Healthcare information technology witnessed a wave of implementation, where the promise of efficiency gains and meaningful use incentives drove adoption of Electronic Health Records. As most Healthcare Delivery Organizations (HDOs) now have an EHR in place, it’s becoming clear that the traditional arguments for EHR implementation are insufficient to maximize return on technology investments.  As EHR adoption approaches maximum levels, HDOs are refining EHR strategy from a short-term clinical documentation data repository to a long-term asset with substantial functionality surrounding clinical decision support, health maintenance planning and quality reporting. In fact, according to a recent survey conducted by KPMG, in collaboration with CHIME, 38% of the 112 respondents ranked EMR/EHR optimization as their top choice for where they plan the majority of capital investment over the next three years.

Further, as the capabilities and sophistication of EHRs continue to grow, there is a widening divide between healthcare organizations that harness the capabilities for a competitive advantage and those that are crippled by poor usability, workflows and adoption. Capturing information is only the most basic feature of an EHR. HDOs should ensure the EHR is positioned to be flexible and extensible to adopt emerging technologies driving insight to the point of care. Thus, tremendous opportunity exists for EMR clinically and operationally oriented optimization to generate additional margin, ease the burden on providers, and improve care HDOs must refine their EHR strategy. In this tweetchat, we’ll weigh EHR optimization against replacement, discuss EHR optimization opportunities and barriers, and consider EHR optimization levers, effort, KPIs, and ROI.

Resources and Other EHR Optimization Reading:

  1. EHR Optimization Whitepaper
  2. EHR Optimization Infographic
  3. EHR Clinical Optimization Toolkit
  4. Achieving Clinical System ROI Through EHR Optimization, Replacement & Portfolio Rationalization
  5. Healthcare CIOs Focus On Optimizing EMRs
  6. Has Electronic Health Record Replacement Failed?
  7. EHR Implementation Accomplished – What’s Next?

Please join us for this week’s #HITsm chat focused on EHR Optimization. We’ll use the following 6 questions as the framework for the discussion:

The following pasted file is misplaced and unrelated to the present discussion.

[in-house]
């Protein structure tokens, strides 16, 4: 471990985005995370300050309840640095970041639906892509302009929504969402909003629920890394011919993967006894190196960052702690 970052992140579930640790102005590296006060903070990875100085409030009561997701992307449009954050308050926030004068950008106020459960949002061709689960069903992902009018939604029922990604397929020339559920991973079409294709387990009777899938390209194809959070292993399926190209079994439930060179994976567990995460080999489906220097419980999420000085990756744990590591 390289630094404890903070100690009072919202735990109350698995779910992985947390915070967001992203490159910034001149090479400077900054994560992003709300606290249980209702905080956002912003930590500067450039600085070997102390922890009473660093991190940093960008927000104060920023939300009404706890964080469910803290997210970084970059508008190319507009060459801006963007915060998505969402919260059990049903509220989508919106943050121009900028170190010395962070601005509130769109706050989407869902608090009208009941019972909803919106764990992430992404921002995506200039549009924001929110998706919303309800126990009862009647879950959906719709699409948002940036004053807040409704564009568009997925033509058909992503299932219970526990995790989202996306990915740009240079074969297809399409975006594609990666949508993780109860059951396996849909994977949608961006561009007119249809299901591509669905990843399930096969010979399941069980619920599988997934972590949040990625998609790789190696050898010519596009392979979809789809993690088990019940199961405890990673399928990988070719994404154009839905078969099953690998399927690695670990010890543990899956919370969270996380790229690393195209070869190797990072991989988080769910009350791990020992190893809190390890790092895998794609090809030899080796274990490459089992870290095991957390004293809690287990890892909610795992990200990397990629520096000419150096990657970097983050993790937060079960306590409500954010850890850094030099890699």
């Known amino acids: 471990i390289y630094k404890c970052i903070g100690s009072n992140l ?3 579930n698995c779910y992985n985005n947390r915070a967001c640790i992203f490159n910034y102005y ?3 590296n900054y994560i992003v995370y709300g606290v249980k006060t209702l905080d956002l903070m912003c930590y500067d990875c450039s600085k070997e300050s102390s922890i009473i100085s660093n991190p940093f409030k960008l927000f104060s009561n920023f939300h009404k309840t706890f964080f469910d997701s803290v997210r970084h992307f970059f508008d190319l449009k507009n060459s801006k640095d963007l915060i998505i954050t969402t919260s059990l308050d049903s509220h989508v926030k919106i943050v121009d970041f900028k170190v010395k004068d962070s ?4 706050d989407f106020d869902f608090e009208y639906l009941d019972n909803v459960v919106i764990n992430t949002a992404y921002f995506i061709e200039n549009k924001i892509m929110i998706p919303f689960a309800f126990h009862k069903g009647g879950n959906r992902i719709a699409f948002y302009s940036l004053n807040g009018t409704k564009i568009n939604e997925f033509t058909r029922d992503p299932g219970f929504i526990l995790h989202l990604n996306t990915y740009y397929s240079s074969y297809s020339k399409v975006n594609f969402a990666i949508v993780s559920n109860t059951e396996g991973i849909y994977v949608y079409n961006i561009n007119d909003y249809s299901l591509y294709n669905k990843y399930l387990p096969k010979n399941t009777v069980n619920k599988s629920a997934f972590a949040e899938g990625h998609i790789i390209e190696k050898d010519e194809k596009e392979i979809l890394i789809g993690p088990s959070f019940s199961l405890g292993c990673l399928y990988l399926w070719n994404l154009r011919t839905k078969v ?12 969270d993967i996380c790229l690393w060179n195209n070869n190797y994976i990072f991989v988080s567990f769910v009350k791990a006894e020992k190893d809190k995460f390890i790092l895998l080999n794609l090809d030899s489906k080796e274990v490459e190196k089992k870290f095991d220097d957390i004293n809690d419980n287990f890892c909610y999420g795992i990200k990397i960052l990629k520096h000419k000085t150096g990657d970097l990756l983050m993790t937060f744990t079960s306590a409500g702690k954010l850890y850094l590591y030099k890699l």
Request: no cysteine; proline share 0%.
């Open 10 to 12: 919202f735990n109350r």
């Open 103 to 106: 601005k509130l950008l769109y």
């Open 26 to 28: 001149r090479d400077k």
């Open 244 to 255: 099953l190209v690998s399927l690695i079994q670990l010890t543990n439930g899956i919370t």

This Week’s Topics
T1: How did the big-bang implementation approaches contribute to EMR inefficiencies and what can be done to mitigate? #HITsm

T2: What is it about current EMR technology that contributes directly to physician inefficiency? #HITsm

T3: How do you get providers engaged in an optimization initiative if they are disenchanted with the product and suffering from burnout? #HITsm

T4: How can clinical workflows be adjusted to improve physician-patient interactions by removing EHR technology and data entry as an obstacle to F2F interaction? #HITsm

T5: What are the most common barriers to EHR optimization and how are they overcome? #HITsm

Bonus: What amount (if any) of ROI should HDOs expect from EHR optimization and is it worth the effort? #HITsm

Upcoming #HITsm Chat Schedule
7/7 – International EHR Adoption: Challenges and Solutions
Hosted by Stefan Buttigieg, MD (@stefanbuttigieg)

7/14 – TBD
Hosted by TBD

7/21 – Meeting the Patient Where They Are
Hosted by Melody Smith Jones (@MelSmithJones) from HYP3R

7/28 – How Does Age Impact Patient Satisfaction & Provider Switching?
Hosted by Lea Chatham (@leachatham) from @SolutionReach

8/4 – TBD
Hosted by Alan Portela (@AlanWPortela) from Airstrip

We look forward to learning from the #HITsm community! As always let us know if you’d like to host a future #HITsm chat or if you know someone you think we should invite to host.

If you’re searching for the latest #HITsm chat, you can always find the latest #HITsm chat and schedule of chats here.

Healthcare CIOs Focus On Optimizing EMRs

Posted on March 30, 2017 I Written By

Anne Zieger is a healthcare journalist who has written about the industry for 30 years. Her work has appeared in all of the leading healthcare industry publications, and she’s served as editor in chief of several healthcare B2B sites.

Few technical managers struggle with more competing priorities than healthcare CIOs. But according to a recent survey, they’re pretty clear what they have to accomplish over the next few years, and optimizing EMRs has leapt to the top of the to-do list.

The survey, which was conducted by consulting firm KPMG in collaboration with CHIME, found that 38 percent of CHIME members surveyed saw EMR optimization as their #1 priority for capital investment over the next three years.  To gather results, KPMG surveyed 122 CHIME members about their IT investment plans.

In addition to EMR optimization, top investment priorities identified by the respondents included accountable care/population health technology (21 percent), consumer/clinical and operational analytics (16 percent), virtual/telehealth technology enhancements (13 percent), revenue cycle systems/replacement (7 percent) and ERP systems/replacement (6 percent).